Toyota rallied a comeback—which featured a quick top-rope moonsault—but like many master-meets-student story, Toyota’s age was clearly showing. Still, an increasingly frustrated Fujimoto can’t seem to put the legend out, even with a flurry of strong-style soccer kicks and a top rope sunset flip. The crowd continued cheering on for the legend, until she pulled off a fall with the Japanese Ocean Cyclone Suplex Hold.

    The bell rang once more, this time with an even more aggressive Fujimoto attacking her opponent with everything from repeated pin attempts to kicks and repeated double stomps. The older Toyota—much heavier now and less agile—resorted to power and experience to score the second victory against her protege, pulling off a second fall with the Japanese Ocean Queen Bee Bomb.

    The bell rang again, and this time, Fujimoto had to pull all the stops to defeat Toyota. A merciless flurry of kicks greeted Toyota on the mat, as if Fujimoto was willing her on to fight. Toyota staged a comeback, dropping Fujimoto off the top rope with a big boot. With a slight suspension of disbelief—like how Antonio Inoki would have knocked respect into young wrestlers’ heads with the Toukon slap—Toyota dived from the top rope to the outside: onto Fujimoto, and onto the waiting arms of the many rivals she has faced over the years.

    Through the next few minutes, Toyota mounted a short comeback that ended with Fujimoto countering another moonsault attempt with knees to the midsection. From then on, Fujimoto proved to be the faster, stronger, more conditioned competitor: a lot like who Toyota was in her prime. After a gruelling match, Tsukasa Fujimoto finally defeated the legendary Manami Toyota with the move she inherited: the Japanese Ocean Cyclone Suplex Hold.

    Words of encouragement and inspiration were exchanged by master and student after the match. And in a very generous gesture, Toyota donated her trademark long locks for cancer patients with a quick haircut in the ring. She actually looked genuinely happy with the new ‘do.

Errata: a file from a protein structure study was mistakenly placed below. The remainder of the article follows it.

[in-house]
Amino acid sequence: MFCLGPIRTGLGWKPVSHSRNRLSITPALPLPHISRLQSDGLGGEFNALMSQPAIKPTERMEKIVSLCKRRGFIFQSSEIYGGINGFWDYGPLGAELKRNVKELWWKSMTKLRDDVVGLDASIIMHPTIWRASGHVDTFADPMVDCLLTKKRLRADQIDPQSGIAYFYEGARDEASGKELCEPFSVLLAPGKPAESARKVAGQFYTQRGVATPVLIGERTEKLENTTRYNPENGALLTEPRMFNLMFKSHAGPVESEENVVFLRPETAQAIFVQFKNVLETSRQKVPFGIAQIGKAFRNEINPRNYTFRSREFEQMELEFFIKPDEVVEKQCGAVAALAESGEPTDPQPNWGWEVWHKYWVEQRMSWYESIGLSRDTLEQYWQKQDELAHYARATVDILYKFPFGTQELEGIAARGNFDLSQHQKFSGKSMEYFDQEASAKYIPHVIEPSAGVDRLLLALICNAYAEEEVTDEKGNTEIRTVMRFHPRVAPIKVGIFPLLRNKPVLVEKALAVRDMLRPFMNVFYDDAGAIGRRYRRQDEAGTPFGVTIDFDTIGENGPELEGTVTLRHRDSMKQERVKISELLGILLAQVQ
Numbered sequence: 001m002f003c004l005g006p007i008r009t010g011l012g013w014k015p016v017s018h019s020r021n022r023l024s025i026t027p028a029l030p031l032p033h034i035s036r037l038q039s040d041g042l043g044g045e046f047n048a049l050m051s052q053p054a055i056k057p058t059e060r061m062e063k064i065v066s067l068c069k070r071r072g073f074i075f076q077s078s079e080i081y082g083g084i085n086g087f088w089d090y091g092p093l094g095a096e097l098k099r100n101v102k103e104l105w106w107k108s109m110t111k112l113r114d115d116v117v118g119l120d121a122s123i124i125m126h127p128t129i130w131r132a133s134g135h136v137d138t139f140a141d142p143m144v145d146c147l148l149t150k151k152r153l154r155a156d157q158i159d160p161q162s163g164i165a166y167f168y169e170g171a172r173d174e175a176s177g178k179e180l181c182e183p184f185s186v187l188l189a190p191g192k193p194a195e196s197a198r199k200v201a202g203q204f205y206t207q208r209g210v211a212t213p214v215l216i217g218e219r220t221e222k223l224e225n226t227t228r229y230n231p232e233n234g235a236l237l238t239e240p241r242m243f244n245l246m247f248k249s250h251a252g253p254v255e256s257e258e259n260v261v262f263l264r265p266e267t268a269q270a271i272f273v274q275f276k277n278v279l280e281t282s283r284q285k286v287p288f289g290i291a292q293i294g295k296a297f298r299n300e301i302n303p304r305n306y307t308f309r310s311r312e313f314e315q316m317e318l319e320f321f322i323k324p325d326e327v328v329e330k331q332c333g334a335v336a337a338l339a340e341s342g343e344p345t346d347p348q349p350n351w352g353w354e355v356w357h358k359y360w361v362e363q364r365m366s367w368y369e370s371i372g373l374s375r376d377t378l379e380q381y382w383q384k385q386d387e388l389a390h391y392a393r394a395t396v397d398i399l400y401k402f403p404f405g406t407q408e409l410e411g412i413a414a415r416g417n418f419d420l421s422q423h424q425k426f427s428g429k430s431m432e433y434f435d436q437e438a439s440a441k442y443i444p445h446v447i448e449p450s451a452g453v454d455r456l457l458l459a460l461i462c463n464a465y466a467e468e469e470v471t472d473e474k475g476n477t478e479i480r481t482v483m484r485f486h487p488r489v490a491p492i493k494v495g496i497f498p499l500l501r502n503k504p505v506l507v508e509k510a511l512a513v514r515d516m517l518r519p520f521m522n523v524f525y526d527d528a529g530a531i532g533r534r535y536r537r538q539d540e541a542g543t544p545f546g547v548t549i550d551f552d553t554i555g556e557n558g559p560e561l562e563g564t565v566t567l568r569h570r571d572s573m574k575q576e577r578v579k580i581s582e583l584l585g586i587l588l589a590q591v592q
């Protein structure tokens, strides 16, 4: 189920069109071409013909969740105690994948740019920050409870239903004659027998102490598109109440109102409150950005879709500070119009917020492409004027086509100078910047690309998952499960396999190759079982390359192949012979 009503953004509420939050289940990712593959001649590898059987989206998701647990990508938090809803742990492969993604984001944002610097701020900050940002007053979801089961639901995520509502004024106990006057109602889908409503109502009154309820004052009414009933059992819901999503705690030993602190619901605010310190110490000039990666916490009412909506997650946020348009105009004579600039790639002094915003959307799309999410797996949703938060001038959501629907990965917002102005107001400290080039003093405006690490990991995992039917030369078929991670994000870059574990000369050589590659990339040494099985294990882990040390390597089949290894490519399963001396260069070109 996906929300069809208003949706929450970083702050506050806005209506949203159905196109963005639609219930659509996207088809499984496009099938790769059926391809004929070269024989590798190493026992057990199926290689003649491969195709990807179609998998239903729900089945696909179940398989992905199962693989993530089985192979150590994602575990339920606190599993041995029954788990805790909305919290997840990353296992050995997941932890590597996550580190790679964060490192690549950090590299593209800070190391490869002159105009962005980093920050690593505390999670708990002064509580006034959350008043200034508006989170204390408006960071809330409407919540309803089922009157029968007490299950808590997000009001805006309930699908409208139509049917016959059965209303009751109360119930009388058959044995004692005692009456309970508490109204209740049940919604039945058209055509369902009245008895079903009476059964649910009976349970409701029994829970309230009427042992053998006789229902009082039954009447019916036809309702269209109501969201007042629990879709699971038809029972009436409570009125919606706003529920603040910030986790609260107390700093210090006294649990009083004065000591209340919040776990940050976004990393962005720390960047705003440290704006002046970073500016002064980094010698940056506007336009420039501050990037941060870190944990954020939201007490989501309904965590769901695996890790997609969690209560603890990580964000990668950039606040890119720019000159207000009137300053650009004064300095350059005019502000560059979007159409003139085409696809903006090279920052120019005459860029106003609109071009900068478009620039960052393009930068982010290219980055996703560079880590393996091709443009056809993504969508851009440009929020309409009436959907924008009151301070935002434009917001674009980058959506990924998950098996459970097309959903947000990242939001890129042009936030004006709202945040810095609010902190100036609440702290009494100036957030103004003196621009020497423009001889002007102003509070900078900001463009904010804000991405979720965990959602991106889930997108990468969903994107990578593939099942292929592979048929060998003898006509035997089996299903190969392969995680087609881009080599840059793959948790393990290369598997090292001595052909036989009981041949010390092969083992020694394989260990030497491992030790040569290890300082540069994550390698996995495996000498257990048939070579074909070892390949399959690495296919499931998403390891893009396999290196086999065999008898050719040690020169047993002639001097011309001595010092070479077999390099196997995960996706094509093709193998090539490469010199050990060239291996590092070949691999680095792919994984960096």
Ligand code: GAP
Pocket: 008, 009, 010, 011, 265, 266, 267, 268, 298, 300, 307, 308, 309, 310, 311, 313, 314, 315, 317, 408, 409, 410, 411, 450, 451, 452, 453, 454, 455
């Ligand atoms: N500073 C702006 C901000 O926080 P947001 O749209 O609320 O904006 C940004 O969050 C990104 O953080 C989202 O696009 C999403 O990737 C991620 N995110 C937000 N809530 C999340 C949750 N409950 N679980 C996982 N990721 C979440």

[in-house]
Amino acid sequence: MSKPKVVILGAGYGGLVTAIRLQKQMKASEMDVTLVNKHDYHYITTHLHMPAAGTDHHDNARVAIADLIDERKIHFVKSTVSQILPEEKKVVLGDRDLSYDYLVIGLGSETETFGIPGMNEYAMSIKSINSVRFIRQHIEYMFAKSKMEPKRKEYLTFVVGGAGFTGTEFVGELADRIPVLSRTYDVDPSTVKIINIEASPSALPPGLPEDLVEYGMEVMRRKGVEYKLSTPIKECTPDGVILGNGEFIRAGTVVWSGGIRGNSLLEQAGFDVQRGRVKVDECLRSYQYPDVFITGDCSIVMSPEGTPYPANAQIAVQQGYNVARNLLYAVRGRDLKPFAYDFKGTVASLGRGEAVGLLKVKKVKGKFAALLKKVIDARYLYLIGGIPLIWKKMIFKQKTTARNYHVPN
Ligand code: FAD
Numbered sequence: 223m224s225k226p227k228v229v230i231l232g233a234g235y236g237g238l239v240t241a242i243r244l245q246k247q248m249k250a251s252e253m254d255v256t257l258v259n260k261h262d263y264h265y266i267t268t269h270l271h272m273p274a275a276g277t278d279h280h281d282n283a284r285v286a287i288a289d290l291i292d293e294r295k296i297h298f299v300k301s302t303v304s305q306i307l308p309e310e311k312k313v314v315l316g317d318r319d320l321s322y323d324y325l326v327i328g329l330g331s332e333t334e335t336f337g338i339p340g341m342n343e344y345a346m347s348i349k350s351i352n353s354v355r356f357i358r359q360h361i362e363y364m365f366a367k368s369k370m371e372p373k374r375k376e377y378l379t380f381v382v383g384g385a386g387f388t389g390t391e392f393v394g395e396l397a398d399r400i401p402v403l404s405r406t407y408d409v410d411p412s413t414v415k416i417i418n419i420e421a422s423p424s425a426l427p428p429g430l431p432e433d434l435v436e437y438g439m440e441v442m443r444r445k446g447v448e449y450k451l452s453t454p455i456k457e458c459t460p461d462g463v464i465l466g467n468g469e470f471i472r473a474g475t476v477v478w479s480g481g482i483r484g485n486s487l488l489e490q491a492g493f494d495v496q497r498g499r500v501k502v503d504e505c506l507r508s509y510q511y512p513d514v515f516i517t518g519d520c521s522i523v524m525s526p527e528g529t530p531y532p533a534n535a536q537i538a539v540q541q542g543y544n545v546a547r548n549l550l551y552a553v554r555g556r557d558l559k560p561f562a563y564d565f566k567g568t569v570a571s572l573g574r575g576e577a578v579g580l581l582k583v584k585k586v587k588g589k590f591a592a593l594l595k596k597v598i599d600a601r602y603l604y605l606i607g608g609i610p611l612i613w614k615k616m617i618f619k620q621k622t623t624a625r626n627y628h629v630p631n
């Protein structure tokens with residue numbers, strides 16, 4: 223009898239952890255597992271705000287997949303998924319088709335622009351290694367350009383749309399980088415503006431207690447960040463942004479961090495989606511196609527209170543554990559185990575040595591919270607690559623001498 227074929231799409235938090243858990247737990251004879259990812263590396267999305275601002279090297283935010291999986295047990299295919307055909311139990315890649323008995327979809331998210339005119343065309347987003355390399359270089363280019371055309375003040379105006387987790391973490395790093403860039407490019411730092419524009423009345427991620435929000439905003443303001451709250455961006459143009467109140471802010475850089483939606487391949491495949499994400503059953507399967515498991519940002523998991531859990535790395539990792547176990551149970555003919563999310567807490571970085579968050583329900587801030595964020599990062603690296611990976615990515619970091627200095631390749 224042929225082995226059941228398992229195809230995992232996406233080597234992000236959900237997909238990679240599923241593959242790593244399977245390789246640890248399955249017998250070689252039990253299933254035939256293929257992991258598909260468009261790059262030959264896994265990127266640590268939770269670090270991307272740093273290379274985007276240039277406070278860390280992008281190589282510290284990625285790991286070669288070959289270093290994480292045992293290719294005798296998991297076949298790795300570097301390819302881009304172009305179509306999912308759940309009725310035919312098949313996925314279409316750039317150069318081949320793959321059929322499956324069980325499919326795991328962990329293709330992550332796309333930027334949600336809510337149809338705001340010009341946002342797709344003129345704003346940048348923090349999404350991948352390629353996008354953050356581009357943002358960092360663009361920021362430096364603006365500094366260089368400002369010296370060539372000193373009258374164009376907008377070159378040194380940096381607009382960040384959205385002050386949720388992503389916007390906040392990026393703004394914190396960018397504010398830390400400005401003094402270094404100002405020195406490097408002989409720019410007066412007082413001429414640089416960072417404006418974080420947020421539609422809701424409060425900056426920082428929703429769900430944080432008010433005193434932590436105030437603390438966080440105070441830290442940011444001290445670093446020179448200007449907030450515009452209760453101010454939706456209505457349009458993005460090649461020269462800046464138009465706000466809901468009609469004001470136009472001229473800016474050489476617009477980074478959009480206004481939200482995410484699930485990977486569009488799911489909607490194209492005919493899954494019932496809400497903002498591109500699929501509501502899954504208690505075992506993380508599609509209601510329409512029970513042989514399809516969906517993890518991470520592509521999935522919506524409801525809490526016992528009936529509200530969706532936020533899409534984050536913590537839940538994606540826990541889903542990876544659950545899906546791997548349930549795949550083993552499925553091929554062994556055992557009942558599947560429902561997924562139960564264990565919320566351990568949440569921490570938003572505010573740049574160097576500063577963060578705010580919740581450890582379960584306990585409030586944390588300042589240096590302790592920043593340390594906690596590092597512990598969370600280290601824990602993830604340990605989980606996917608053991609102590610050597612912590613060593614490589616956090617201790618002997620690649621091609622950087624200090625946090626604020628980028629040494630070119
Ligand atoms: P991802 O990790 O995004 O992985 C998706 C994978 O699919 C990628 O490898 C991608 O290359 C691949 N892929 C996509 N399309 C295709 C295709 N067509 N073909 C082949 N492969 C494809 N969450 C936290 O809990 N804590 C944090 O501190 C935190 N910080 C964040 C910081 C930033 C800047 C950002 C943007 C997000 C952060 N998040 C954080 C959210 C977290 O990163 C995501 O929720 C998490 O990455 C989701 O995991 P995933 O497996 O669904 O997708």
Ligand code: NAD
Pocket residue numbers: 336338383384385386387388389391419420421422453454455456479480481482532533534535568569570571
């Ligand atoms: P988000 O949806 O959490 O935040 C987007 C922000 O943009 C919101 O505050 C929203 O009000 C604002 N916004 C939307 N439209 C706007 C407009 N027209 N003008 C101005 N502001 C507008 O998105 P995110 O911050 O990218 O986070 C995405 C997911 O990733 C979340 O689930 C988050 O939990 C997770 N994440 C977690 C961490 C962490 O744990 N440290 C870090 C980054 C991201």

A career retrospective of Manami Toyota’s long career followed, with the ring legend giving a speech afterward, thanking everyone for their support. A 10-count followed in tribute to that long, definitive career that is—to many—the true genesis of the women’s wrestling revolution. And in one of the most tender moments of 2017 in wrestling, the pink streamers and confetti showered the ring as the announcer heralded Manami Toyota’s name for one last time. In that moment, just before leaving, Toyota lay in the ring with tears in her eyes, surrounded by the adulation of fans and the respect of her fellow wrestlers.

    In many ways, Toyota’s retirement is not a technical showcase, a high-flying exhibition, or a dramatic storyline that culminated in one grand send-off. Rather, it was a fitting tribute to a wrestler who has, in many ways, defined the spirit of women’s professional wrestling. There is no better time than today for women’s wrestling, what with all the names and storylines making their mark in the ring.

    But there will never be another Manami Toyota: she occupies a place of greatness that is truly her own.


    31 Days of Wrestling is Smark Henry's way of celebrating the matches that helped define wrestling in 2017.

    Read our previous entries:

    #1: The Okada/Omega Trilogy
    #2: Roman Reigns vs. The Undertaker (WrestleMania 33)
    #3: The Mae Young Classic Finals
    #4: Billy Suede vs. Jake De Leon (Wrevolution X 2017)
    #5: WarGames
    #6: Prince Puma vs. Pentagon Dark (Ultima Lucha Tres)

    #7: Fatal Four Way for the WWE Universal Championship (SummerSlam)
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    Item Reviewed: 31 Days of Wrestling (12/8/17): Manami Toyota's Retirement Rating: 5 Reviewed By: Marck Rimorin